Review sites for companies offered by the likes of Glassdoor and Indeed cheapen the depth of that experience, though. Yelp and other review sites work because we have a diversity of individual experiences related to meals, hotel stays, or experiences that can be compared. Equating a person’s employment experience, which can span thousands of interactions over many years, to a star rating and a couple of short paragraphs is absurd. I don’t need to bash you over the head with Seasons of Love lyrics to let you know why.

Don’t hate the player, hate the game? Well, employers are good really good at the game when they want to be. It’s hard to blame them, either. But this is an instance where it might be worth starving that beast. Organizations have to devise better ways to help potential employees understand the good and bad of working there without having to resort to paying Glassdoor to manipulate your landing page to look better. 

Focus on Intuitive UX, Rich Information

Rather than trying to use something that looks like Yelp or Amazon to help improve recruiting, you should put yourself in a candidate’s shoes. When I talk to candidates, they’ve done a lot of informal research before and after they apply for a role. They’ll consume what’s on career sites, on LinkedIn or Google, and consume videos — especially more candid content. Make it easy for candidates to discover it. 

For example, I’ve heard more about the movie reviews that my co-workers have done on Instagram than any of the formal content we put out about the job itself. Both of those things, of course, are super helpful for people to understand what a job is all about. 

Just because something isn’t a one-click apply doesn’t mean it should be difficult to navigate. An intuitive user experience — through career portals, video interviews, ATSs, assessments, background screenings, and more — should be the focus. Streamlining your processes and making them easy to follow is different than dropping parts of them in the name of ease or speed. Knowing what’s additive to the hiring process, both for the organization and the candidate, is key to delivering an experience that candidates don’t mind investing some time in.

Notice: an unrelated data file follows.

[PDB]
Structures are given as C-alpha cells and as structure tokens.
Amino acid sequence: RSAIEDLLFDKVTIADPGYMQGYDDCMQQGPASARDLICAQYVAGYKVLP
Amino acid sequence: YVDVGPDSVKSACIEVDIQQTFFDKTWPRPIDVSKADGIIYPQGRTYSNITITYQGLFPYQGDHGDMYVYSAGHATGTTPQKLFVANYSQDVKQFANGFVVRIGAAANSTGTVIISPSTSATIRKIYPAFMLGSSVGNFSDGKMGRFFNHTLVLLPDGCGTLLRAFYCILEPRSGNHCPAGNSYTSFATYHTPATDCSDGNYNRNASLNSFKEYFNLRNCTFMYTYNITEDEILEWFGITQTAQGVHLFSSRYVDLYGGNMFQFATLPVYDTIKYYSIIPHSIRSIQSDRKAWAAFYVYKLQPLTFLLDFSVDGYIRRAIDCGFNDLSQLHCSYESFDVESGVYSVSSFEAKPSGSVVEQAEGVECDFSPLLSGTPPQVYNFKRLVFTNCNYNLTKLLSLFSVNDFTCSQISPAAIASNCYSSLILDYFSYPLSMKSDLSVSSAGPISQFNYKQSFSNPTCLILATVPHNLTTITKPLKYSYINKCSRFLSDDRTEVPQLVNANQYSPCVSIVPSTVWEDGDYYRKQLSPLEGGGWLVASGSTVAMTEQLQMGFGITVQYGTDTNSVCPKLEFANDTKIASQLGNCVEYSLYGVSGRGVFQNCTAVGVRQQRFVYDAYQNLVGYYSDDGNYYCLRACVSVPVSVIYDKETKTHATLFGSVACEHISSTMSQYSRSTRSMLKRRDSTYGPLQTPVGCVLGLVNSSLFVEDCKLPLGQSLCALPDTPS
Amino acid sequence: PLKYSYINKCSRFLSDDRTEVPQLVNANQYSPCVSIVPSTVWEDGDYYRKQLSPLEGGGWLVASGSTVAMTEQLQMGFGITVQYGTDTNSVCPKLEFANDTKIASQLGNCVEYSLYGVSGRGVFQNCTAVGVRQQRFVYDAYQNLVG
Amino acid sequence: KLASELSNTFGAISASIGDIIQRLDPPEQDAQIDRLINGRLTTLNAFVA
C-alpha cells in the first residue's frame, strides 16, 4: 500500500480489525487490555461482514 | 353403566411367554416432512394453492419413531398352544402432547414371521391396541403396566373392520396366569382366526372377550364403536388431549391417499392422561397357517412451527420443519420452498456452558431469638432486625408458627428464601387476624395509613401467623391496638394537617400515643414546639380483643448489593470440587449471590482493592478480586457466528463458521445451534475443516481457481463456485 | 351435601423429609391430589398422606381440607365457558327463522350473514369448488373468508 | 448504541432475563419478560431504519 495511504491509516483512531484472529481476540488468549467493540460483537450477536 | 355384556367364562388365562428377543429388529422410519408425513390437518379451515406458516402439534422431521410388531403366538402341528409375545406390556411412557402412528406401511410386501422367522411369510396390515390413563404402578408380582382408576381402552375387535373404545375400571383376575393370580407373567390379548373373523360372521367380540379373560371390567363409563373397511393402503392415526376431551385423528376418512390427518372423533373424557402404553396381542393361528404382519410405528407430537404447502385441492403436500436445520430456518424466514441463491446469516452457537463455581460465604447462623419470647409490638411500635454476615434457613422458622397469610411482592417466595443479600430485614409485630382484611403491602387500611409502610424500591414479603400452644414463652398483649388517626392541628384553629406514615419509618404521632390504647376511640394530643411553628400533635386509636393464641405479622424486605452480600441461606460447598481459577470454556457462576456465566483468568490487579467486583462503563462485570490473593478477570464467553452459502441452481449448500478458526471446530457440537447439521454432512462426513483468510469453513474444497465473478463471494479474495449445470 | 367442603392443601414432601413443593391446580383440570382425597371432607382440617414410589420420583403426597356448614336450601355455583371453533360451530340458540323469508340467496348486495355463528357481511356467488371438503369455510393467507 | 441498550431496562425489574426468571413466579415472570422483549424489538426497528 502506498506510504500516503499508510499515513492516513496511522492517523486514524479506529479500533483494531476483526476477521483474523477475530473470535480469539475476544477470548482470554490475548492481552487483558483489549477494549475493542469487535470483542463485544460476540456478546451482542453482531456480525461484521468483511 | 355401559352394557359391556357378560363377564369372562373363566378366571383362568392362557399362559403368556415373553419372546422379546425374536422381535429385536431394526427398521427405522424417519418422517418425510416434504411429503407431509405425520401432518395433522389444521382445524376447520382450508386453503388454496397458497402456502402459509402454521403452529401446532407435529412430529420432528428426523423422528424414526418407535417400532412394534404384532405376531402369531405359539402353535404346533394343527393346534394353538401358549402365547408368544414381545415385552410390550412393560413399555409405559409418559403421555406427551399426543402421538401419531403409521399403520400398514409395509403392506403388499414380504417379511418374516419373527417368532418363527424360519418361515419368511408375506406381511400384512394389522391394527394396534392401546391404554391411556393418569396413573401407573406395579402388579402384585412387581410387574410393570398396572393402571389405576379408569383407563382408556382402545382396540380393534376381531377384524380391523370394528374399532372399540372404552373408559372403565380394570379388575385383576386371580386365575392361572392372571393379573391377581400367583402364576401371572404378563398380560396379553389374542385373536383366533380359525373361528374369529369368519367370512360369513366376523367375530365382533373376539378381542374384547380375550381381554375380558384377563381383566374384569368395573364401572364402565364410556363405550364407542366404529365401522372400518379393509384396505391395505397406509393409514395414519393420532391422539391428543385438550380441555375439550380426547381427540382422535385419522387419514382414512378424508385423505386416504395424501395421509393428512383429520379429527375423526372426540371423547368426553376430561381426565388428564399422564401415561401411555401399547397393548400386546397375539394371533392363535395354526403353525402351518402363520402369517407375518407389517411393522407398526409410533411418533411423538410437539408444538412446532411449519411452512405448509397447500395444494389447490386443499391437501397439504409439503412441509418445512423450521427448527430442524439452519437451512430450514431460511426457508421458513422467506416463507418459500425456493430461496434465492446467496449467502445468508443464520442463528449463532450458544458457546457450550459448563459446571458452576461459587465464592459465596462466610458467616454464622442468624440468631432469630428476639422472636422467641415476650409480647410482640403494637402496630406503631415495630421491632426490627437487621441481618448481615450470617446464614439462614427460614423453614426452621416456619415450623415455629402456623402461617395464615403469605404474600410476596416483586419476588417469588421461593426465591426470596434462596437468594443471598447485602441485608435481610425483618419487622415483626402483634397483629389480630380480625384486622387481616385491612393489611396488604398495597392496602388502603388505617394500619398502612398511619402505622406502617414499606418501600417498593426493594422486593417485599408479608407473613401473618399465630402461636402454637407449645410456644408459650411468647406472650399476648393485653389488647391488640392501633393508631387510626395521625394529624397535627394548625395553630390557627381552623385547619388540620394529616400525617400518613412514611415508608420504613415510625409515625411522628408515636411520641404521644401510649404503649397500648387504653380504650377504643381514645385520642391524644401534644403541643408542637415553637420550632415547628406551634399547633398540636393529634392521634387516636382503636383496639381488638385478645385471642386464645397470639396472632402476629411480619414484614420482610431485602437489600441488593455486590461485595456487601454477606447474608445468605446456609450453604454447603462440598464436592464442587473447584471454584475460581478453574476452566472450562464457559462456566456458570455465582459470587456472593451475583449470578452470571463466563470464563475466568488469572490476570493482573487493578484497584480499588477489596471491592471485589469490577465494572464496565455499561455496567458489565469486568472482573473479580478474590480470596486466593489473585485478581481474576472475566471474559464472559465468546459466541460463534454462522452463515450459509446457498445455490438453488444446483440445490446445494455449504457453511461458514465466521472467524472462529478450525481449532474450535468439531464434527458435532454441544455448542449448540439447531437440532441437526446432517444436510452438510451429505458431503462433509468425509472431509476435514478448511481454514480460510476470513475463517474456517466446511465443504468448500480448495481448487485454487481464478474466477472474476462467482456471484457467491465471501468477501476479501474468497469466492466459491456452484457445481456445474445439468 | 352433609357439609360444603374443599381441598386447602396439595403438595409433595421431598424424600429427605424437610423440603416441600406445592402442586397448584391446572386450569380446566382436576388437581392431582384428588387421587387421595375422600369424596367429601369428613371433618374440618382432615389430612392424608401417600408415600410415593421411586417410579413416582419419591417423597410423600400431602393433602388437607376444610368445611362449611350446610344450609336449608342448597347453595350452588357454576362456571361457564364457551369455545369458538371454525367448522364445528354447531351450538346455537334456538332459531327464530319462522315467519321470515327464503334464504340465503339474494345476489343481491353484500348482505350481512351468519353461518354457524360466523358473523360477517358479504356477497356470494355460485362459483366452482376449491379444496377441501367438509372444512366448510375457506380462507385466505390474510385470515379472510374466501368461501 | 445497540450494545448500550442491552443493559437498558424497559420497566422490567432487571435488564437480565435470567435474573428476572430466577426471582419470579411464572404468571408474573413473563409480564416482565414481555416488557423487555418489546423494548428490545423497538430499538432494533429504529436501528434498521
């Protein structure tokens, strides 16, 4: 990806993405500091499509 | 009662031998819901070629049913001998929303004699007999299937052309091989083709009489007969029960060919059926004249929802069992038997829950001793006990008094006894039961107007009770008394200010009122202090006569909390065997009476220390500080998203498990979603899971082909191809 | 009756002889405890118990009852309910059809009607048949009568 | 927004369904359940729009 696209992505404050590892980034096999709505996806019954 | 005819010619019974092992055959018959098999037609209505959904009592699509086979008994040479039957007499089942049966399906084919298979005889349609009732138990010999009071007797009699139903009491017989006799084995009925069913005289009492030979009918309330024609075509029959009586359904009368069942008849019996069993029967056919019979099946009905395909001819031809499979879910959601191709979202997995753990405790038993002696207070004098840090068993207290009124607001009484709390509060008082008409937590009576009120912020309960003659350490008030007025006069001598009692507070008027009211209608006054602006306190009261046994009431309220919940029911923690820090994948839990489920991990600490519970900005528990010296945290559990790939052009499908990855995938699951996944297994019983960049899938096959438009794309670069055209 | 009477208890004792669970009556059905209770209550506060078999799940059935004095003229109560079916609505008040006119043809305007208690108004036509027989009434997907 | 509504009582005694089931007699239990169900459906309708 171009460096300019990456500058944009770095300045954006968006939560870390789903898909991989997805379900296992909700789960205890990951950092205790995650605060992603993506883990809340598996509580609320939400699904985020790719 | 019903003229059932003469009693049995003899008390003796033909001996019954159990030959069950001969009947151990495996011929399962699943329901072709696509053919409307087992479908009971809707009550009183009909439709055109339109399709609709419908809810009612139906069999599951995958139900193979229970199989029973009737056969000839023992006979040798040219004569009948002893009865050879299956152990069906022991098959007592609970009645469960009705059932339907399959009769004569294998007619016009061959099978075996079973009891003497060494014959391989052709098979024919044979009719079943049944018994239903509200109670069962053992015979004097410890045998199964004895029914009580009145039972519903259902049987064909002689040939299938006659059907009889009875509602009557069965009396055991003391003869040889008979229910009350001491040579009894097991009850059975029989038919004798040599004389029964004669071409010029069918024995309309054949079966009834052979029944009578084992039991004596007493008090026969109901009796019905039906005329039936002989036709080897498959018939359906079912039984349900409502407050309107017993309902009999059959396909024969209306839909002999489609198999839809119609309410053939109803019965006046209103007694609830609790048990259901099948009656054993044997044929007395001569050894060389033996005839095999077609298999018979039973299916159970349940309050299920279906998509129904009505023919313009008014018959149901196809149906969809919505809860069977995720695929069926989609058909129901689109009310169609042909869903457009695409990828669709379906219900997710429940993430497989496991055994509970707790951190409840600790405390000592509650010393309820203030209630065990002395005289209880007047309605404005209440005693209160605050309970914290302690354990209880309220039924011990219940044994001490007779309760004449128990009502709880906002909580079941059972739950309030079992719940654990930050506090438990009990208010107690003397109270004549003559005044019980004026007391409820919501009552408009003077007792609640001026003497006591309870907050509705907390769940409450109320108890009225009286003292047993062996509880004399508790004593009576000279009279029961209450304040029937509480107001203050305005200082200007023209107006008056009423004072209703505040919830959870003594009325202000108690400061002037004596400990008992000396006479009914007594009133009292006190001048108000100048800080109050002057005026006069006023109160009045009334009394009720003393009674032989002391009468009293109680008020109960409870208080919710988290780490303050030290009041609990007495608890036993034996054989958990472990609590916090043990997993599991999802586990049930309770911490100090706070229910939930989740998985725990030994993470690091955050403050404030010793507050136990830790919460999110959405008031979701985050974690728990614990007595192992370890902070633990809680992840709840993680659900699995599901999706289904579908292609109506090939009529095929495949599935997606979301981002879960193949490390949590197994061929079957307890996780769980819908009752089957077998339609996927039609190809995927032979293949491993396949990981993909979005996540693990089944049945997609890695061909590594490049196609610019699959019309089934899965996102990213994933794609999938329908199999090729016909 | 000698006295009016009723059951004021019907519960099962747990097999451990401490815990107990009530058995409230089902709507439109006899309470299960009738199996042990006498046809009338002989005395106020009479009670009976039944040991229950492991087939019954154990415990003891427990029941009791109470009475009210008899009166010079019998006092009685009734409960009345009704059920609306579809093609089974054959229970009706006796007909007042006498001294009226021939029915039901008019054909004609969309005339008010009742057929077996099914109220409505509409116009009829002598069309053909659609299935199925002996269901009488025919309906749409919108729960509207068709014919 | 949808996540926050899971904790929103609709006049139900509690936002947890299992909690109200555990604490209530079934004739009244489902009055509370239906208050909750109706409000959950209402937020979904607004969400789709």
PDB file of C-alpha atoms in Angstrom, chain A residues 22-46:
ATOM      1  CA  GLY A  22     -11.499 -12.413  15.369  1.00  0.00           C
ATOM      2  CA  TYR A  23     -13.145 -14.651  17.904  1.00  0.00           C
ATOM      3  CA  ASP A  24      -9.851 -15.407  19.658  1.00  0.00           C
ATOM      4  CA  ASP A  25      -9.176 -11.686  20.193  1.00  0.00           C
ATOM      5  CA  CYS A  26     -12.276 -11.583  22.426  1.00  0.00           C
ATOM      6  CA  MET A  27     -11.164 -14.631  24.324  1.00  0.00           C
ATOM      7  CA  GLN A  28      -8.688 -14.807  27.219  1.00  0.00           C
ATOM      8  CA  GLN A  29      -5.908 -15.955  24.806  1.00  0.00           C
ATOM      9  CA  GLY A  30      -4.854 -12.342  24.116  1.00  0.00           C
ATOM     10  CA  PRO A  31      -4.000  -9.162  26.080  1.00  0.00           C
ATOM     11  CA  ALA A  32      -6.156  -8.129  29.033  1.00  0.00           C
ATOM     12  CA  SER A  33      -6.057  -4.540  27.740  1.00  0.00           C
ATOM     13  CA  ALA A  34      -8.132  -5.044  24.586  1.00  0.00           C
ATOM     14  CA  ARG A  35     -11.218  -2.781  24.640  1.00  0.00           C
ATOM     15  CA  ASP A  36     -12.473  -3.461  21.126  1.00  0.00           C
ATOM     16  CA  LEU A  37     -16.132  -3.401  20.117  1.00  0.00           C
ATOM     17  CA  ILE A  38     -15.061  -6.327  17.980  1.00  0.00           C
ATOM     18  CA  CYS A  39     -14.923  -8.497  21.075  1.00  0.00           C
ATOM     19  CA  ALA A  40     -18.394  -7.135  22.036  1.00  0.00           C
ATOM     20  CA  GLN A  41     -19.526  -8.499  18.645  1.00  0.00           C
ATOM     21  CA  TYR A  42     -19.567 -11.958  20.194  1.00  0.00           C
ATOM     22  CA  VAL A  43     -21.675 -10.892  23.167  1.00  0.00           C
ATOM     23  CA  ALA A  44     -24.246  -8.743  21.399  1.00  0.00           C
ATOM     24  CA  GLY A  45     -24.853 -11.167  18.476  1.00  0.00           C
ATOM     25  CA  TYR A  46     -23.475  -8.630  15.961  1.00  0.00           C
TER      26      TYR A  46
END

Finally, one of the most important differences between sales and recruiting is thinking about how to work with candidates who don’t make it through the process. Figuring out contextually aware ways of staying in touch, balancing personalization and scale, is still evolving. CRM and talent intelligence platforms can do some work here, but it’s not perfect.

It’s time to look at recruiting tech that promises a better, more consumer-friendly experience with the skepticism it deserves. Talent acquisition isn’t sales and candidates aren’t customers. Let’s treat candidates and the hiring process as something that deserves its own approach.

Lance Haun is the practice director of strategy and insights for The Starr Conspiracy, where he focuses on researching and writing about work technology. He is also a former editor for ERE Media, broadly covering the world of human resources, recruiting, and sourcing. 
 
He has been featured as a work expert in publications like the Harvard Business Review, The Wall Street Journal, Fortune, MSNBC, Fast Company, and other HR and business websites.
 
He's based in his Vancouver, Wash., home office with his wife and adorable daughter. You can reach him by email or find him off-topic on Twitter.